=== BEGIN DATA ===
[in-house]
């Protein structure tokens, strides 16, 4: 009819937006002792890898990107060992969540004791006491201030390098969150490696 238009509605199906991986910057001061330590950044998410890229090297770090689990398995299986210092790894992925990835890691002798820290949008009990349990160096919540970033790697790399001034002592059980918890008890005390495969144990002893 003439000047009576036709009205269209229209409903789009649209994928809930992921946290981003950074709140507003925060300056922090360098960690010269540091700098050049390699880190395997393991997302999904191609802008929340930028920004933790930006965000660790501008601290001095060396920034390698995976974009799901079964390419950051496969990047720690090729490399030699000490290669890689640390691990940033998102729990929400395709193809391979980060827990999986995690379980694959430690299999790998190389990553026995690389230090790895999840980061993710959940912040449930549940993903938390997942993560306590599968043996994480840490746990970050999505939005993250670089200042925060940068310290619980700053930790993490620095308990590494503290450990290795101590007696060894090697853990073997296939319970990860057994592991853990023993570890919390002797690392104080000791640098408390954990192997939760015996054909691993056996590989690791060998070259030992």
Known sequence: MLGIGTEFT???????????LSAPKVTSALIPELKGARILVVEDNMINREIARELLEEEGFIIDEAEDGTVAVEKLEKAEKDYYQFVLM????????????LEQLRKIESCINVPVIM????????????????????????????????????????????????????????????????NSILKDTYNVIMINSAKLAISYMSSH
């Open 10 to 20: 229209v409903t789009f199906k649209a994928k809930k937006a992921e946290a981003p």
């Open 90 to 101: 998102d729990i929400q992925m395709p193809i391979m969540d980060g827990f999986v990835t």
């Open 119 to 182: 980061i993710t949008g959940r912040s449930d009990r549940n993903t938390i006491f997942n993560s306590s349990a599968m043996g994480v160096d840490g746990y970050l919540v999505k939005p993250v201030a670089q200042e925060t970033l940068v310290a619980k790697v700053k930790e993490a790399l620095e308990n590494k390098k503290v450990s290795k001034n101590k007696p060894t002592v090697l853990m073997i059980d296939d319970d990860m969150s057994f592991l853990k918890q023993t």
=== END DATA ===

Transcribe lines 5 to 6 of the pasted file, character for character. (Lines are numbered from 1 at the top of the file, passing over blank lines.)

């Open 90 to 101: 998102d729990i929400q992925m395709p193809i391979m969540d980060g827990f999986v990835t």
């Open 119 to 182: 980061i993710t949008g959940r912040s449930d009990r549940n993903t938390i006491f997942n993560s306590s349990a599968m043996g994480v160096d840490g746990y970050l919540v999505k939005p993250v201030a670089q200042e925060t970033l940068v310290a619980k790697v700053k930790e993490a790399l620095e308990n590494k390098k503290v450990s290795k001034n101590k007696p060894t002592v090697l853990m073997i059980d296939d319970d990860m969150s057994f592991l853990k918890q023993t």